By Erika Mathews
Earlier this month, The New York Times published an article that made us feminists shake in our boots. “The crisis seems to be cementing traditional gender roles,” the piece read. A poll for the Times found that women with families are bearing the brunt of the increased workload due to coronavirus stay-at-home measures. Even if women earn more than their husbands, the responsibility of housework, childcare, or distance learning for their school-age children tends to fall upon the mother.
Unfortunately, it may not come as a surprise to many that women in opposite-sex partnerships often disproportionately shoulder certain loads within the partnership. As an example, this has been happening with our bodies in the realm of family planning for millennia.
The Coronavirus and Inequality
Given that May is the month back in 1968 that the U.N. declared family planning a human right, it seems fitting to shine light on an opportunity before American society to drill away at outdated gender roles. It’s also an opportunity to tackle the socioeconomic inequality we’ve witnessed the coronavirus expose.
The opportunity I’m referring to lies in male contraceptives. The challenges around gender parity and socioeconomic inequality that are now staring us in the face amid this pandemic are exactly why Having Kids is calling upon Congress and the National Institute of Health to prioritize the research, development, and deployment of the male pill and other long-acting, reversible male contraceptives — or “LARCs,” for short.
Male Birth Control and Greater Equality
How can LARCs address such longstanding problems so deeply embedded within our society?
Research shows that smaller families benefit children and that the economic disadvantage correlated with the alternative tends to perpetuate a greater divide between those with and without. Still, we see the U.S. tax system incentivizing larger families, though incentivizing pregnancy delay may better set up women and future generations for greater equality.
Since family planning was declared a human right five decades ago, women have made great strides in terms of physical and economic well-being. Still, nearly half of pregnancies in the U.S. today are unintended, which costs taxpayers $15 billion annually. In a few short months, the COVID-19 pandemic has made family planning even more difficult due to lack of access to contraceptives and to reproductive healthcare.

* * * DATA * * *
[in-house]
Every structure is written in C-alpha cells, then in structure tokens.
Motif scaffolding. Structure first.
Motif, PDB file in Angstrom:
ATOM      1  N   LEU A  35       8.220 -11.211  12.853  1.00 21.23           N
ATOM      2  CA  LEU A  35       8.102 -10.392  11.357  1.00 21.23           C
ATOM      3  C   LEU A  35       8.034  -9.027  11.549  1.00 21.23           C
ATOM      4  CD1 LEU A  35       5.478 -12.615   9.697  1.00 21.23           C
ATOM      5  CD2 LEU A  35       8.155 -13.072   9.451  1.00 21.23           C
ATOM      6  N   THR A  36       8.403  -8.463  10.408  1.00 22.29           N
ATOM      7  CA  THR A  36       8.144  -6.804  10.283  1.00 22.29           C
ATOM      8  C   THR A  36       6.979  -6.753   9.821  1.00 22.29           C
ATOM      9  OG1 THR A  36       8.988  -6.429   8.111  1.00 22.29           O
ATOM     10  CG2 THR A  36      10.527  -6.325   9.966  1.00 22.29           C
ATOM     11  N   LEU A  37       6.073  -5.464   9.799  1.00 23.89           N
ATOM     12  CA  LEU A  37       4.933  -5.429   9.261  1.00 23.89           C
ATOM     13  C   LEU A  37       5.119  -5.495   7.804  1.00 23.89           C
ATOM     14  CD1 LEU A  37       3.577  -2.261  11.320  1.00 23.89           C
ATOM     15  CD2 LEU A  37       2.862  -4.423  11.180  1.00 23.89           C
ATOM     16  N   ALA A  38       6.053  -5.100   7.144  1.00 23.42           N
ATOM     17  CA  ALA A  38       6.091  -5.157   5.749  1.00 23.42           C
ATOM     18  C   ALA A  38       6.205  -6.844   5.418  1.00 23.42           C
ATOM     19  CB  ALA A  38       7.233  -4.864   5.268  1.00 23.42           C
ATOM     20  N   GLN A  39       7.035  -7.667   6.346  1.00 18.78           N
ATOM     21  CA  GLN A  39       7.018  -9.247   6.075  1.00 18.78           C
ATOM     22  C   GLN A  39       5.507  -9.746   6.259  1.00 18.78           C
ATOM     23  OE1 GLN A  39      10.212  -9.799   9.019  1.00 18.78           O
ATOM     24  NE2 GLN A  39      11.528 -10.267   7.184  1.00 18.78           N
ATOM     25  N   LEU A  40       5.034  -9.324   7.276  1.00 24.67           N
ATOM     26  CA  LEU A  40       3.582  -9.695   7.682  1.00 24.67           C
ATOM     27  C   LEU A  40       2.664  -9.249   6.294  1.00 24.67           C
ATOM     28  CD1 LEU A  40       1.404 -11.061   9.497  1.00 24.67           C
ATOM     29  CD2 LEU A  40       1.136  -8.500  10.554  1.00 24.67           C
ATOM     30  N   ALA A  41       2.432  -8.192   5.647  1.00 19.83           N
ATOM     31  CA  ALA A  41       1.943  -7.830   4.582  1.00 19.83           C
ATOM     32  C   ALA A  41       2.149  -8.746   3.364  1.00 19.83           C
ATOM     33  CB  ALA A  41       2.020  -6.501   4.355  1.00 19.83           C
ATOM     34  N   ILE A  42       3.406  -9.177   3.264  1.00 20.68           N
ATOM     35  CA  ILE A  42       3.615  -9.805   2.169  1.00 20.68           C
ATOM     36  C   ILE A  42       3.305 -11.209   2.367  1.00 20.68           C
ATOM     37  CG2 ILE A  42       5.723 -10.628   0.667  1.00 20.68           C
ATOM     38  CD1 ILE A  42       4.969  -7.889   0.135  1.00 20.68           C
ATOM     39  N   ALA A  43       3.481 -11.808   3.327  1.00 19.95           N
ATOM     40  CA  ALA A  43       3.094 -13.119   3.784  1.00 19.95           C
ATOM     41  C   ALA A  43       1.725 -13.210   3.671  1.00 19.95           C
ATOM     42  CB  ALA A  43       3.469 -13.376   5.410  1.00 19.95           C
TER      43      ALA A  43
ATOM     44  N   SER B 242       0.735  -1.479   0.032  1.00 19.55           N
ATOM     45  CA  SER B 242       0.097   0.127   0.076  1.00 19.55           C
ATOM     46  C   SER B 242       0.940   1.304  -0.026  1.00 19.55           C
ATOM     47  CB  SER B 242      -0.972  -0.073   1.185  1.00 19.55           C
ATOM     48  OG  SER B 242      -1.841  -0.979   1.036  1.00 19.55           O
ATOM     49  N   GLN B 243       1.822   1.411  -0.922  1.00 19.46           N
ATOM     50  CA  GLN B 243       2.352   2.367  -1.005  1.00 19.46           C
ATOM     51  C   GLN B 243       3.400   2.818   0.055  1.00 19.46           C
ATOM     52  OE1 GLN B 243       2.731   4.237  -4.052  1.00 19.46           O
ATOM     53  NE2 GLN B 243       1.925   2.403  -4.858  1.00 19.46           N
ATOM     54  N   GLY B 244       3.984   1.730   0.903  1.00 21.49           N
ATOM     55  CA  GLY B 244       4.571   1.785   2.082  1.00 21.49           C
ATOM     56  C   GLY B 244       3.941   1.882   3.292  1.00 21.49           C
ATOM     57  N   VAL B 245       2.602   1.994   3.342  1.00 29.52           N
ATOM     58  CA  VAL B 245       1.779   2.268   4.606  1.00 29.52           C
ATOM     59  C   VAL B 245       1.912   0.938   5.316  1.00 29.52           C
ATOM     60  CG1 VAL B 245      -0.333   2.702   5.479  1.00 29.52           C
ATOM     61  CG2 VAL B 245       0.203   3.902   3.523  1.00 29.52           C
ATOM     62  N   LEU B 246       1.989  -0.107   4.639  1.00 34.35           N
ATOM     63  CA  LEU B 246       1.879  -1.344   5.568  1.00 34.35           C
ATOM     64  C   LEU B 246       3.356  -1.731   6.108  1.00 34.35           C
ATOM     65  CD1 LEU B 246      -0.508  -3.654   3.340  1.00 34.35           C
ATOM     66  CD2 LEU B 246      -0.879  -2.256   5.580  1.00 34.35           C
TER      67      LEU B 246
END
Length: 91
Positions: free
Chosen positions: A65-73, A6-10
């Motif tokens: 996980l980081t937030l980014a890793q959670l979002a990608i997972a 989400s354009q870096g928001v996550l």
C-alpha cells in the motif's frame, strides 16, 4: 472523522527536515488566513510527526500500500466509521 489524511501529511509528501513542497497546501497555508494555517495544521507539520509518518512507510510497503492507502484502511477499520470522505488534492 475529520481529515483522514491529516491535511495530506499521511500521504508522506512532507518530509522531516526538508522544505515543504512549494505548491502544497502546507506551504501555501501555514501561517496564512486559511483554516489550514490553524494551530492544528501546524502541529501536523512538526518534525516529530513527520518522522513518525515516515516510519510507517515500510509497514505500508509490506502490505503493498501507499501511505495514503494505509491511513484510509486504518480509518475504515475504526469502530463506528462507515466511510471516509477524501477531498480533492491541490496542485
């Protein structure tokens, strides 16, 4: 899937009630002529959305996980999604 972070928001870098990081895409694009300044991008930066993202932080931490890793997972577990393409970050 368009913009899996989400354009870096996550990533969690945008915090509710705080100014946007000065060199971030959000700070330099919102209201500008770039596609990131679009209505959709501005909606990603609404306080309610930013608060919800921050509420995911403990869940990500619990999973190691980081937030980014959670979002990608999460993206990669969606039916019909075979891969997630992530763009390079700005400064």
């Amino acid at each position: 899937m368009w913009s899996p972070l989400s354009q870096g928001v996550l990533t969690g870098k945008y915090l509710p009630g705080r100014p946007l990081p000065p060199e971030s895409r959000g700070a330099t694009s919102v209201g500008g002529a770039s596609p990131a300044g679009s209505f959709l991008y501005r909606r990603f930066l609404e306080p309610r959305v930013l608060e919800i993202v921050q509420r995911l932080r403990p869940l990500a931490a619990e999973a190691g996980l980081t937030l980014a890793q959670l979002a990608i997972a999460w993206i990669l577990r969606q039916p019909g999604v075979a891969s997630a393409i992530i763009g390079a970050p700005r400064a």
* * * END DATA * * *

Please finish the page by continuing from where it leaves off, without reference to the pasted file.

While the discussion around family planning often centers on abortion, it should go without saying in today’s politically polarized America that any solution propelling us forward — while side-stepping partisan hot spots — should be a no-brainer. This should be baseline territory. Pre-fertilization forms of birth control, a category into which male contraception falls nicely, show promise to be excellent candidates for building bridges across the political aisle. Unfortunately, apart from the “pullout” method and abstinence, women in the U.S. currently have over a dozen options for pregnancy prevention while men have only two: condoms and vasectomies.
Why Men Should Take Larger Role in Family Planning
Recent studies show that American men want the ability to use their bodies to further participate in their right to family planning. While vestiges of a more sexist yesteryear set speed bumps on the track toward deploying more viable male options, we’re incredibly close to breakthroughs in the field, and this is no time to let up on the gas pedal. If fully tested and approved in the U.S., LARC options like RISUG and Contraline could empower men to share more equally in family planning through leveraging their own bodies, helping reverse the trend of traditional gender roles being “cemented.” Our friends at the Male Contraceptive Initiative have outlined several others.
Again, men want more options to play a larger role in family planning. We women — certainly in our new, less certain reality when fewer couples are opting to get pregnant — could use the support. Ultimately, when communities and parents cooperatively embrace better family planning, we can invest more in every child and create the future we all deserve.
For these reasons, we at Having Kids call upon the National Institute of Health and U.S. Sen. Rand Paul and U.S. Rep. Anna Eshoo — chairpeople of congressional committees on health that oversee family planning matters — to increase funding for the research and development of male contraceptives.
A variety of safe, commonsense, accessible options, along with communities and parents cooperatively embracing better family planning, are key to providing coming generations the future they deserve. Male LARCs would serve as a huge step forward in getting us there.
Erika Mathews is the executive director of Having Kids, a U.S.-based non-profit organization dedicated to raising awareness for The Fair Start Model, a human rights-based, child-focused approach to family planning. Erika holds a bachelor’s degree in English/Journalism and German from Rutgers University.